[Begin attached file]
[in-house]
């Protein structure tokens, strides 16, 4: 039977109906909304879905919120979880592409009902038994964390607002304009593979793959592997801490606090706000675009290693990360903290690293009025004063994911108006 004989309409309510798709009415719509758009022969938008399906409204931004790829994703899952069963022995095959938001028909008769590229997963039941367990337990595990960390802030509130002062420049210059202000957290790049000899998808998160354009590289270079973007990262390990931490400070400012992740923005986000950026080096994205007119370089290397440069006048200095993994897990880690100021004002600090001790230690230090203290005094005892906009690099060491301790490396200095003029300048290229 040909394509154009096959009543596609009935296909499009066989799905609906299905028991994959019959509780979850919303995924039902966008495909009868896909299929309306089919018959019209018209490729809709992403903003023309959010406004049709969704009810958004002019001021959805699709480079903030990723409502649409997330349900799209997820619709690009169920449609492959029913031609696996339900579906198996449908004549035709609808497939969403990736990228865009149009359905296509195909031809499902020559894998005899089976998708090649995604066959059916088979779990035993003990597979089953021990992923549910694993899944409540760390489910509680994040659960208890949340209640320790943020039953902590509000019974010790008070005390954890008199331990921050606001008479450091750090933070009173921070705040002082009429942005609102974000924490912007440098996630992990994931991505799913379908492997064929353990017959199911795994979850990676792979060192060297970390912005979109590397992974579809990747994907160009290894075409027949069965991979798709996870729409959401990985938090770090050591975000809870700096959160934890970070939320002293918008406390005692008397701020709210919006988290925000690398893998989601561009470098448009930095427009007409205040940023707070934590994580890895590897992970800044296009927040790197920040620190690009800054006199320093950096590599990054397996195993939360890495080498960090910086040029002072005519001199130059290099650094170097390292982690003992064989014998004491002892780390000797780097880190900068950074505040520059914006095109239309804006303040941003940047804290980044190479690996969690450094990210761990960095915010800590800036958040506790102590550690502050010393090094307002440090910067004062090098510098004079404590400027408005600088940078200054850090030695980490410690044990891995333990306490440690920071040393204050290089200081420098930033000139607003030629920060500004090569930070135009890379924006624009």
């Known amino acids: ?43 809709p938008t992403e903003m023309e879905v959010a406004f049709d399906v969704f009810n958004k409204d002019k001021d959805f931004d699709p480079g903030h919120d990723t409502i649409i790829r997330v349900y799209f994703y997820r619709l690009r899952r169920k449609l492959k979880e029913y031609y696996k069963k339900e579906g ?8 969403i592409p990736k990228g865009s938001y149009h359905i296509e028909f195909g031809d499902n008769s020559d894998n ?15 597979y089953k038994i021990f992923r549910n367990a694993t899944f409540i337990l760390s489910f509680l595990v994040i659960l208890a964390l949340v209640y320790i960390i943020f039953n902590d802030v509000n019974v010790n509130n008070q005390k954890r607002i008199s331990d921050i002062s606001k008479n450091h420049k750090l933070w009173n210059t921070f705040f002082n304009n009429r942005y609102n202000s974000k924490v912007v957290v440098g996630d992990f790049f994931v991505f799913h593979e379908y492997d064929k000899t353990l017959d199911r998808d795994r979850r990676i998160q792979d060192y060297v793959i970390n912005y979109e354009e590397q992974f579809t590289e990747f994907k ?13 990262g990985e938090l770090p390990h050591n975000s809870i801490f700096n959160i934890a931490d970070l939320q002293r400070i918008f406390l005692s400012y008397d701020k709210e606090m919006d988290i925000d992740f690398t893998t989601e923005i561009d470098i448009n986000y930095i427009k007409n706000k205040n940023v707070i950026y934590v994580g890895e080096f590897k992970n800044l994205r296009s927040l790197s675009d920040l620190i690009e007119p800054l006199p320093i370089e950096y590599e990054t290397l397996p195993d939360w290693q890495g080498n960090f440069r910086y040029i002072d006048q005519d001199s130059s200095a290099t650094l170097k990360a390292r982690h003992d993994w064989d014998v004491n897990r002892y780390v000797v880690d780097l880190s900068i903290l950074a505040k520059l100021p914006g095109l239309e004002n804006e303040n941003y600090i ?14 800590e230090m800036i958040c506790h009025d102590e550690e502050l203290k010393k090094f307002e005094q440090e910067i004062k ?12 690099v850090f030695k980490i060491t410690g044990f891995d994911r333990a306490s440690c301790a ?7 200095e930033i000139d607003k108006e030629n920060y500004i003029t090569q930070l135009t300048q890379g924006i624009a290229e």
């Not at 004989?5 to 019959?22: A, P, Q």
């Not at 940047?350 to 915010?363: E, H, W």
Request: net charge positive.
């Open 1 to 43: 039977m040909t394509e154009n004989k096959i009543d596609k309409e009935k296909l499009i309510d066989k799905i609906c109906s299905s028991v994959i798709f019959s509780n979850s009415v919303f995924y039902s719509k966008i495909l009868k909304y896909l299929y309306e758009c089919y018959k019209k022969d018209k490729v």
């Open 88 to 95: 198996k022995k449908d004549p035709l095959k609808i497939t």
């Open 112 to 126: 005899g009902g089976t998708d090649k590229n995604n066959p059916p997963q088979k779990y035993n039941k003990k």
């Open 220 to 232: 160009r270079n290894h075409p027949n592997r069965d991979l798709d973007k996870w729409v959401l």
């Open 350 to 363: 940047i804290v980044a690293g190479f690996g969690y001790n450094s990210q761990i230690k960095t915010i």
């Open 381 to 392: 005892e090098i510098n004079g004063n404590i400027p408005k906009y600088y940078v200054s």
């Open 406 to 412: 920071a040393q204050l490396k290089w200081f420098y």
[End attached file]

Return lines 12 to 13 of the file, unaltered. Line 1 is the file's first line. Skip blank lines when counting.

């Open 381 to 392: 005892e090098i510098n004079g004063n404590i400027p408005k906009y600088y940078v200054s």
């Open 406 to 412: 920071a040393q204050l490396k290089w200081f420098y």